Duration: November - December 2018
The goal of this project was to create a working 35mm pinhole camera that utilized laser cutting as a fabrication technique. There are some simple designs already out there, but I wanted to create an original one with as many functions as possible.
Ideation & Inspiration
I started out by researching further into how pinhole cameras work, and the different mechanism used for housing, exposing, and advancing the film. I also learned that because the opening for pinhole cameras is so small (about f/170 or 0.3mm), it's only practical to use them for long exposure pictures such as landscape photos.
I started by creating the pinhole itself using a pushpin and piece of aluminum cut from a soda can since I needed a thin yet lightproof material. After measuring the hole to be around 0.3mm in diameter, some calculations I found online showed that the film needed to be around 2 inches from the hole in order to create a sharp image, so I based the dimensions of the camera around those specifications.
After sketching a few different options for housing the film, I chose to attach the entire mechanism to the lid which would fit into a precisely measured box to create the camera. I then created a 1:1 scale line drawing in order to help myself in designing the actual piece that would fit together to create the housing. I decided on using finger joints for the box as well as the inner components so that they would be easy to align. Because of this, I ended up having to apply tape along the inside of the camera to make sure it was lightproof.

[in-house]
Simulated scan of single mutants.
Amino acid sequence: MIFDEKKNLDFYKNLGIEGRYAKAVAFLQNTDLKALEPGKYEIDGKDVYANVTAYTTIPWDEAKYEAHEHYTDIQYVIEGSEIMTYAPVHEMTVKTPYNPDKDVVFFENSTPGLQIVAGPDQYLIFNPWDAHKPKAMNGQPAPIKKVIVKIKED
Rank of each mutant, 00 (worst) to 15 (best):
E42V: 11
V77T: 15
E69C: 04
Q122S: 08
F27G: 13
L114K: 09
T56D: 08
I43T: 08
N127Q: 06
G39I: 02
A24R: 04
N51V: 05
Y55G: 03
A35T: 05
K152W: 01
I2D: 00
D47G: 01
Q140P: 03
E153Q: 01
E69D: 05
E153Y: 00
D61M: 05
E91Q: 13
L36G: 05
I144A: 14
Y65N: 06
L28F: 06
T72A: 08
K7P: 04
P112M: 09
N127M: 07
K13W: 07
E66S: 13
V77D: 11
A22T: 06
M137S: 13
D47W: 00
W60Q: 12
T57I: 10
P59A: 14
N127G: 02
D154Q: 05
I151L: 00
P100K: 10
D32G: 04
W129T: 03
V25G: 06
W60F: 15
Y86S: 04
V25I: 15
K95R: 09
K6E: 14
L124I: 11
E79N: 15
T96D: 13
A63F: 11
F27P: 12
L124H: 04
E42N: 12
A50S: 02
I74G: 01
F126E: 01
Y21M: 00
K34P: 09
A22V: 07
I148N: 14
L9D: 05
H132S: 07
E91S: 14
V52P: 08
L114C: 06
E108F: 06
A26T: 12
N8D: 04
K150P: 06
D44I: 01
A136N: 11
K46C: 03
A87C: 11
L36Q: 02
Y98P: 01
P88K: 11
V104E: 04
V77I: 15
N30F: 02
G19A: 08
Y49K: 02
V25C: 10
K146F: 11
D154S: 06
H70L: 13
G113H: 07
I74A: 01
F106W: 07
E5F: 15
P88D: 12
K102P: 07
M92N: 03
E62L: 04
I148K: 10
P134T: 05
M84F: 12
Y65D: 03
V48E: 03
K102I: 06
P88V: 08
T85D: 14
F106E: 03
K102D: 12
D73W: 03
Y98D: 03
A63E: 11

Overall, I enjoyed the entire process of learning how a device works and designing my own version of it. Along the way, I learned important lessons in tolerances since I had various types of press fits, rotating parts, and lightproof needs. I'm satisfied with how the final camera came out, and I'm excited to develop the pictures I took with it.